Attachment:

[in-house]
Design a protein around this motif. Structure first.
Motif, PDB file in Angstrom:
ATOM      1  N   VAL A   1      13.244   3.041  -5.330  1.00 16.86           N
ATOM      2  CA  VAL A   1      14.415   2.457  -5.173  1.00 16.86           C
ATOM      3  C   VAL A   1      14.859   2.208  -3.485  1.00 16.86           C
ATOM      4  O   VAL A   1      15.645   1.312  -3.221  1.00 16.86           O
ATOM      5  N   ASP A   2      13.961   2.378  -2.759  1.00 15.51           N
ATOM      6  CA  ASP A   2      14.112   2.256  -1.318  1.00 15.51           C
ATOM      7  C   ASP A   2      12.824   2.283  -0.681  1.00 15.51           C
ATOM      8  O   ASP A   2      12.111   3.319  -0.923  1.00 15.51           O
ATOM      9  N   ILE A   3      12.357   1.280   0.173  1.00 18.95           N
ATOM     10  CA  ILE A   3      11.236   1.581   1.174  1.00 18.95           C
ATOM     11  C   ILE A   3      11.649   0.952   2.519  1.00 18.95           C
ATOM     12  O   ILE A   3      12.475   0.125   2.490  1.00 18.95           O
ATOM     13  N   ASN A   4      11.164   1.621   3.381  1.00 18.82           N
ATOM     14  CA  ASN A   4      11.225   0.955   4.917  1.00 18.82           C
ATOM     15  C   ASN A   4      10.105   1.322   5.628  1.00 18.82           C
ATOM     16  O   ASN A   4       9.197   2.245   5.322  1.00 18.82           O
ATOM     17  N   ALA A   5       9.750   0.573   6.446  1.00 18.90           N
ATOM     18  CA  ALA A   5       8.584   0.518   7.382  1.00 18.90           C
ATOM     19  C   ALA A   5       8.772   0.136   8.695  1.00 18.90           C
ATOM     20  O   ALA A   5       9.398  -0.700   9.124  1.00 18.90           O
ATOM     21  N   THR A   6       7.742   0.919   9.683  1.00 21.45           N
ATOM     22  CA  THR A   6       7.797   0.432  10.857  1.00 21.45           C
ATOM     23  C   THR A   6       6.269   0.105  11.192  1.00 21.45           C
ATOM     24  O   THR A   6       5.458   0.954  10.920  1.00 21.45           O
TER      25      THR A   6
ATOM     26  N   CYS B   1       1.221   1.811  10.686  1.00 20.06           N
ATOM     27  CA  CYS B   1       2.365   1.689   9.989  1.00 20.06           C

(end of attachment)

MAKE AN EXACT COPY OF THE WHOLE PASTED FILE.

[in-house]
Design a protein around this motif. Structure first.
Motif, PDB file in Angstrom:
ATOM      1  N   VAL A   1      13.244   3.041  -5.330  1.00 16.86           N
ATOM      2  CA  VAL A   1      14.415   2.457  -5.173  1.00 16.86           C
ATOM      3  C   VAL A   1      14.859   2.208  -3.485  1.00 16.86           C
ATOM      4  O   VAL A   1      15.645   1.312  -3.221  1.00 16.86           O
ATOM      5  N   ASP A   2      13.961   2.378  -2.759  1.00 15.51           N
ATOM      6  CA  ASP A   2      14.112   2.256  -1.318  1.00 15.51           C
ATOM      7  C   ASP A   2      12.824   2.283  -0.681  1.00 15.51           C
ATOM      8  O   ASP A   2      12.111   3.319  -0.923  1.00 15.51           O
ATOM      9  N   ILE A   3      12.357   1.280   0.173  1.00 18.95           N
ATOM     10  CA  ILE A   3      11.236   1.581   1.174  1.00 18.95           C
ATOM     11  C   ILE A   3      11.649   0.952   2.519  1.00 18.95           C
ATOM     12  O   ILE A   3      12.475   0.125   2.490  1.00 18.95           O
ATOM     13  N   ASN A   4      11.164   1.621   3.381  1.00 18.82           N
ATOM     14  CA  ASN A   4      11.225   0.955   4.917  1.00 18.82           C
ATOM     15  C   ASN A   4      10.105   1.322   5.628  1.00 18.82           C
ATOM     16  O   ASN A   4       9.197   2.245   5.322  1.00 18.82           O
ATOM     17  N   ALA A   5       9.750   0.573   6.446  1.00 18.90           N
ATOM     18  CA  ALA A   5       8.584   0.518   7.382  1.00 18.90           C
ATOM     19  C   ALA A   5       8.772   0.136   8.695  1.00 18.90           C
ATOM     20  O   ALA A   5       9.398  -0.700   9.124  1.00 18.90           O
ATOM     21  N   THR A   6       7.742   0.919   9.683  1.00 21.45           N
ATOM     22  CA  THR A   6       7.797   0.432  10.857  1.00 21.45           C
ATOM     23  C   THR A   6       6.269   0.105  11.192  1.00 21.45           C
ATOM     24  O   THR A   6       5.458   0.954  10.920  1.00 21.45           O
TER      25      THR A   6
ATOM     26  N   CYS B   1       1.221   1.811  10.686  1.00 20.06           N
ATOM     27  CA  CYS B   1       2.365   1.689   9.989  1.00 20.06           C